Various genes have been associated with Fanconi anemia including BRCA2. These genes code for proteins that play an important role in DNA crosslinking repair and genomic stability. The most common inheritance pattern in Fanconi anemia is autosomal recessive. Fanconi anemia due to FANCB mutations are X-linked.
Aplastic anemia is a life-threatening condition that occurs when there is failure of blood cell production leading to pancytopenia. Fanconi anemia is a hereditary cause of aplastic anemia.
The main defect in Fanconi anemia is the inability of cells to repair a type of DNA damage that consists in interstrand crosslinks which leads to genomic instability. The resultant genomic instability makes cells vulnerable to cytotoxic agents and predisposes patients to the development of malignancies. The DNA crosslink repair defect and the genomic instability also results in loss of hematopoietic stem cells which can result in bone marrow failure.
40-60% of patients with Fanconi anemia present with short stature. Short stature is defined as height that is 2 standard deviations or more below the mean for age and sex.
Microcephaly corresponds to an abnormally small head and is defined as a head circumference that is over 2 standard deviations below the mean for age and sex or below the 3rd percentile. Other abnormalities include triangular facies and webbed neck.
Over half of the patients with Fanconi anemia present with thumb or forearm abnormalities. Patients may present with an absent thumb, hypoplastic thumb, bifid/duplicated or triphalangeal thumbs. Among the forearm abnormalities, patients may present with absent or hypoplastic radii bones.
Café-au-lait spot is the term given to hyperpigmented macules and patches that range from light brown to dark brown. These lesions are present in various underlying conditions such as neurofibromatosis type I. Patients with Fanconi anemia usually presents skin findings including café-au-lait spots.
Approximately 20 to 40% of patients with Fanconi anemia present with eye abnormalities including strabismus, microphthalmia and hypo-, and hypertelorism. Patients with Fanconi anemia need to be evaluated by an ophthalmologist to detect ocular impairments and provide early management.
Horseshoe kidney is a congenital renal disorder characterized by the fusion of both kidneys giving it a horseshoe shape. Approximately 20 to 30% of patients with Fanconi anemia present with renal and urinary tract malformations such as horseshoe kidney.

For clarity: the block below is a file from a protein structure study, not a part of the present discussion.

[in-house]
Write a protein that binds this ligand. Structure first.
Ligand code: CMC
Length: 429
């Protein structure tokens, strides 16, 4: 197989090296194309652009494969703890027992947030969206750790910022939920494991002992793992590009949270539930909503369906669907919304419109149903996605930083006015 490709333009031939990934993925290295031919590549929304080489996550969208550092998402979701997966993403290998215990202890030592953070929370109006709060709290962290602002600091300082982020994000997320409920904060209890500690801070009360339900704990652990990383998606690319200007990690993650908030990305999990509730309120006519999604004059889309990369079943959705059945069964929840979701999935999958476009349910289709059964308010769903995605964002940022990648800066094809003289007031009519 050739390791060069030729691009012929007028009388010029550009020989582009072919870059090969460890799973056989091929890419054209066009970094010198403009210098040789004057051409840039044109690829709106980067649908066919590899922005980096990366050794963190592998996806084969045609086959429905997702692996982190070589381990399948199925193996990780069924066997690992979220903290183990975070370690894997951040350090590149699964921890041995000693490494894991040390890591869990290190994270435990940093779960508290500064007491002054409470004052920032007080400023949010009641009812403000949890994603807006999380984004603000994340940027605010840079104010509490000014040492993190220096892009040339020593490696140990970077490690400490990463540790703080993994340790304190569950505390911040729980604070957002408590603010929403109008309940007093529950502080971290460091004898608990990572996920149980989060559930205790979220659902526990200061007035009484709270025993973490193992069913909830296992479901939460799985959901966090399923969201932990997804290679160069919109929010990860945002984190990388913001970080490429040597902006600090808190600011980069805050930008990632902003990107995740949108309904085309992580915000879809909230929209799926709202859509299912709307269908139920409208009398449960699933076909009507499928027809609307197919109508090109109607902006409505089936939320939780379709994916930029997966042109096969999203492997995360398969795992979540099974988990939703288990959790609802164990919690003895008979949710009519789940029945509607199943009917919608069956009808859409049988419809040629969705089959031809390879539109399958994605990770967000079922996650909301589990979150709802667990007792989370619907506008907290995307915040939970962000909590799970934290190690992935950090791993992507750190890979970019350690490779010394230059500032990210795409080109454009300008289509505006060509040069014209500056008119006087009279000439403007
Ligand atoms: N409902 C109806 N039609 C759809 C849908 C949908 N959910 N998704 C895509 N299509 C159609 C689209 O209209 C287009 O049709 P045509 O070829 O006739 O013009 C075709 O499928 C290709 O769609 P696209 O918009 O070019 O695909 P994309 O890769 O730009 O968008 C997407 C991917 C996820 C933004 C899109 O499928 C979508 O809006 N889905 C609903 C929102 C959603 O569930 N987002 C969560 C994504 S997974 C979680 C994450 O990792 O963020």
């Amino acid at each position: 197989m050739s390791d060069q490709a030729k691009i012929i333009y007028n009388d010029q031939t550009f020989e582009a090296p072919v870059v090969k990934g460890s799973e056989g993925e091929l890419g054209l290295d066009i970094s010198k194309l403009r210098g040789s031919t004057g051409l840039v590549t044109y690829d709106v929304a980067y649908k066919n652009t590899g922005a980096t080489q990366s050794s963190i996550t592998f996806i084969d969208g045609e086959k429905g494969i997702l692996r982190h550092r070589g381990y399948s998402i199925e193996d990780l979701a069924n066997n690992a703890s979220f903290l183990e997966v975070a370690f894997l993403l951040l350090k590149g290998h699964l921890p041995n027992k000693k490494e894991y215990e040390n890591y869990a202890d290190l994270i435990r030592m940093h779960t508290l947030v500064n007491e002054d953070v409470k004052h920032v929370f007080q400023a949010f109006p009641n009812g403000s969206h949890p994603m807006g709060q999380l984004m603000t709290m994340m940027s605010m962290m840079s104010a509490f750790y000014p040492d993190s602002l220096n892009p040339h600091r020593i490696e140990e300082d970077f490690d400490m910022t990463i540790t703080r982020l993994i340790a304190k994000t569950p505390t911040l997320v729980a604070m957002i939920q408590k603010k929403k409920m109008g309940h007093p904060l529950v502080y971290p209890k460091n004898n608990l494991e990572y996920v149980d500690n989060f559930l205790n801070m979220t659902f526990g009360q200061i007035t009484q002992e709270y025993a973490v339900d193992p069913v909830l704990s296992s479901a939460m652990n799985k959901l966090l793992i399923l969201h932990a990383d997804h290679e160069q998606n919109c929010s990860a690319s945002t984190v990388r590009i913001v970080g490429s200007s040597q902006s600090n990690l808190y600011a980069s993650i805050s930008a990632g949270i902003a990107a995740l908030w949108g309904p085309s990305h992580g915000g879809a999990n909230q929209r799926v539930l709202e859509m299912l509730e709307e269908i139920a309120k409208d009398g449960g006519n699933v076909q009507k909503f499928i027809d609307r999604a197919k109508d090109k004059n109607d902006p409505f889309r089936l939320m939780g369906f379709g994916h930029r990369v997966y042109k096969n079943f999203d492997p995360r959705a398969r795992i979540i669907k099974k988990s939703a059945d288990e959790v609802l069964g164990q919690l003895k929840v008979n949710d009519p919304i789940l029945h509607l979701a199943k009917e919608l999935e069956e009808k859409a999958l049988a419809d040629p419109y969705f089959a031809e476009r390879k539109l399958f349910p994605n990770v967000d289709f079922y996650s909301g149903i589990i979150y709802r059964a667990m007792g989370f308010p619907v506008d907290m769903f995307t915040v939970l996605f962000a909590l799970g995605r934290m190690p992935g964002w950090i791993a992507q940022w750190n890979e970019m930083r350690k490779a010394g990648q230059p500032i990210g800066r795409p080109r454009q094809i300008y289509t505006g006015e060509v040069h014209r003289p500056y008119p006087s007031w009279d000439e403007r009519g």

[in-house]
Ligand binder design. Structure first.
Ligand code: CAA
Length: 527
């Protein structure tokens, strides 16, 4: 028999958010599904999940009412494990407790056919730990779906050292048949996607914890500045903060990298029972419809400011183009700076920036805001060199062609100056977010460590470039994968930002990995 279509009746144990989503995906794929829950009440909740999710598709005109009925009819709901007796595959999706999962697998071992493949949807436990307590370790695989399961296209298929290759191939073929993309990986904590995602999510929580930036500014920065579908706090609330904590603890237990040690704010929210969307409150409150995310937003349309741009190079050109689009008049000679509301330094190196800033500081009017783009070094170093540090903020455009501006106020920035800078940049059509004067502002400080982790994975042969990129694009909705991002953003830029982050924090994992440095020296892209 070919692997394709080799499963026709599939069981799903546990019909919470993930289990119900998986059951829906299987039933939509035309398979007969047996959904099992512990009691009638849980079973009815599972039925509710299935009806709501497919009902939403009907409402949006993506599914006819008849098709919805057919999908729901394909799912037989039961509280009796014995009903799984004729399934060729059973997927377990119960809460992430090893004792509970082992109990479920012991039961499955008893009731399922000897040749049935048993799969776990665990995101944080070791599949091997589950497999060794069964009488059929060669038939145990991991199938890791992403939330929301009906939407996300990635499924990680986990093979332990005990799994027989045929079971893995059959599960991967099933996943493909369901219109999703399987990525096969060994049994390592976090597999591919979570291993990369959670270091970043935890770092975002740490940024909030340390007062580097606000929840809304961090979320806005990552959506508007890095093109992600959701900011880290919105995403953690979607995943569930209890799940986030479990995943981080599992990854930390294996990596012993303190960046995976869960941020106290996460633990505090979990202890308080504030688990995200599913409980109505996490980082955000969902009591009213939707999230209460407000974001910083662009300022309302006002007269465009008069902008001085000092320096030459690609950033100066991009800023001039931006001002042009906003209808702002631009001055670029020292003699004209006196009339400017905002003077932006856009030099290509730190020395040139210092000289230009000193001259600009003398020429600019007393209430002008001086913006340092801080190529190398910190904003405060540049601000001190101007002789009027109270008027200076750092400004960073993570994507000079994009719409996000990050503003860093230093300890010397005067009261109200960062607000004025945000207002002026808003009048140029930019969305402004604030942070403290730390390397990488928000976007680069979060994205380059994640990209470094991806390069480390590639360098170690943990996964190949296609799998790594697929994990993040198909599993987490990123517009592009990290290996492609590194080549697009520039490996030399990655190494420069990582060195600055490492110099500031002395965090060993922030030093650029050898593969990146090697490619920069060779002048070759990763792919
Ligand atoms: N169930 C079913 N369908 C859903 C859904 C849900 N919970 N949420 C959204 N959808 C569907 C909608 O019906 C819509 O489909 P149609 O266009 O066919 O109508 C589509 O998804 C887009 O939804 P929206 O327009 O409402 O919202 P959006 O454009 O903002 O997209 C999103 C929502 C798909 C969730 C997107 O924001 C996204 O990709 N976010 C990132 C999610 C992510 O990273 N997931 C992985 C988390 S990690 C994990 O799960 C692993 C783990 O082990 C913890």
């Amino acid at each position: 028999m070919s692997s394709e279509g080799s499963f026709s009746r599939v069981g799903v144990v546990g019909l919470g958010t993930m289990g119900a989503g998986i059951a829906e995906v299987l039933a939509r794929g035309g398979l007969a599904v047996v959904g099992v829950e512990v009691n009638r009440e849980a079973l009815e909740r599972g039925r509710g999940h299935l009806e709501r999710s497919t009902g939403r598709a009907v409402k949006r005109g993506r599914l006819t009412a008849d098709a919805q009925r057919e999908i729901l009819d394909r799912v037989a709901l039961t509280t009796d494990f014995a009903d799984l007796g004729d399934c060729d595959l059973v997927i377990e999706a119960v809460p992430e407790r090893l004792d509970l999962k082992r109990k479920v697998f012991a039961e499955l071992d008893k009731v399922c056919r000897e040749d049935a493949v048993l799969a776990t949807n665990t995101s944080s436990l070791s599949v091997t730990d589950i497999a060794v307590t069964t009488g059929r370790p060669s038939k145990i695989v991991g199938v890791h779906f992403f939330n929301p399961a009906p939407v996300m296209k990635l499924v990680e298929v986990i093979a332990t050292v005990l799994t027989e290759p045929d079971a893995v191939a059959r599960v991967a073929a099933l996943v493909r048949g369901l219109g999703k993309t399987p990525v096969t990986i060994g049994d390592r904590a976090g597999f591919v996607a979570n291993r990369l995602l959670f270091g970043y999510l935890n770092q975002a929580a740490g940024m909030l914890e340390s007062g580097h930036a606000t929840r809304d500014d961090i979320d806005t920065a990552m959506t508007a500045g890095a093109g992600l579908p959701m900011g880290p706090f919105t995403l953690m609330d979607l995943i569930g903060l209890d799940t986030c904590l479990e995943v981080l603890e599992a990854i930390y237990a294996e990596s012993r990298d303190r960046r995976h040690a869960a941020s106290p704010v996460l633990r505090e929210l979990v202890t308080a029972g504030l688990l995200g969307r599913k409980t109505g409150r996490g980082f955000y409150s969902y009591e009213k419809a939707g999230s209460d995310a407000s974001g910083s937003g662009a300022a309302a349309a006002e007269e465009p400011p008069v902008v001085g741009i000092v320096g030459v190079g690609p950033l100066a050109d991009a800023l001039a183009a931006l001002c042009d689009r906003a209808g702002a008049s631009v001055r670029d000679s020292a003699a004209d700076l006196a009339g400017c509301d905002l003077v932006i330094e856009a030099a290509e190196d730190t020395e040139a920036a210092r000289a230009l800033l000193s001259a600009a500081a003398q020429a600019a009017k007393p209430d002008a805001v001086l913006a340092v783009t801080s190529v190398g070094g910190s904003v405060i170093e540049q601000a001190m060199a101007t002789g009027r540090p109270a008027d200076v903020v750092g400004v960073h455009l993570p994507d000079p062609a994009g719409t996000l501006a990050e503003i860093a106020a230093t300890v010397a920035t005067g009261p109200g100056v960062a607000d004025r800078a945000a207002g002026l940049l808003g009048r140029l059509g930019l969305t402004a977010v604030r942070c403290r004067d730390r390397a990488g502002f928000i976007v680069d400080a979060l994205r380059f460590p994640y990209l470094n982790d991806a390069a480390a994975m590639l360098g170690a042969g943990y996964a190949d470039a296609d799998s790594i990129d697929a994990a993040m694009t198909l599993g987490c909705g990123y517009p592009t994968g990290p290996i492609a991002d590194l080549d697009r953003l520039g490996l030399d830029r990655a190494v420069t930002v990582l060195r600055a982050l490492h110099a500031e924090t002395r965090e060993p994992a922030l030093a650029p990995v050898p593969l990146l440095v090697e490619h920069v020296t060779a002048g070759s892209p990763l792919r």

Initial screening involves peripheral blood smear to evaluate for chromosomal breakage in T-lymphocytes when exposed to cytotoxic agents such as mitomycin C or diepoxybutane (DEB). If the test is negative but there is high suspicion, the chromosomal breakage studies are repeated on skin fibroblasts. If the test is positive, it is confirmed with Fanconi anemia gene sequencing.
Macrocytic anemia is when the median corpuscular volume (MCV) is >100 fL. Fanconi anemia is usually macrocytic, although it can be normocytic (80-100 fL).
Pancytopenia refers to a reduced number in all blood cell lines. Fanconi anemia can lead to bone marrow failure which is when there is a deficiency in the hematopoietic stem cells resulting in insufficient blood cell line production and consequent pancytopenia. Mild to moderate cytopenias are present in over 70% of patients at the moment of diagnosis. Progression to pancytopenia is variable and can occur rapidly after initial diagnosis or may take years to develop.
Since the genes involved in Fanconi anemia code for proteins that play an important role in DNA crosslinking repair mechanisms, patients with this condition are at increased risk of DNA replication impairment, mutations and chromosomal aberrations. They are at high risk for developing bone marrow failure. Therefore, follow-up labs and annual bone marrow biopsy are usually recommended. Furthermore, due to the increased risk for leukemia and solid tumors especially in the head and neck region, monitoring for malignancy according to guidelines should also be performed.
When patients present with moderate to severe cytopenia or with high risk cytogenetic results such as clonal abnormalities, an allogenic hematopoietic stem cell transplantation (HSCT) may be indicated. Patients with bone marrow failure but no HSCT donors are sometimes treated with androgens such as danazol to stimulate erythropoiesis.
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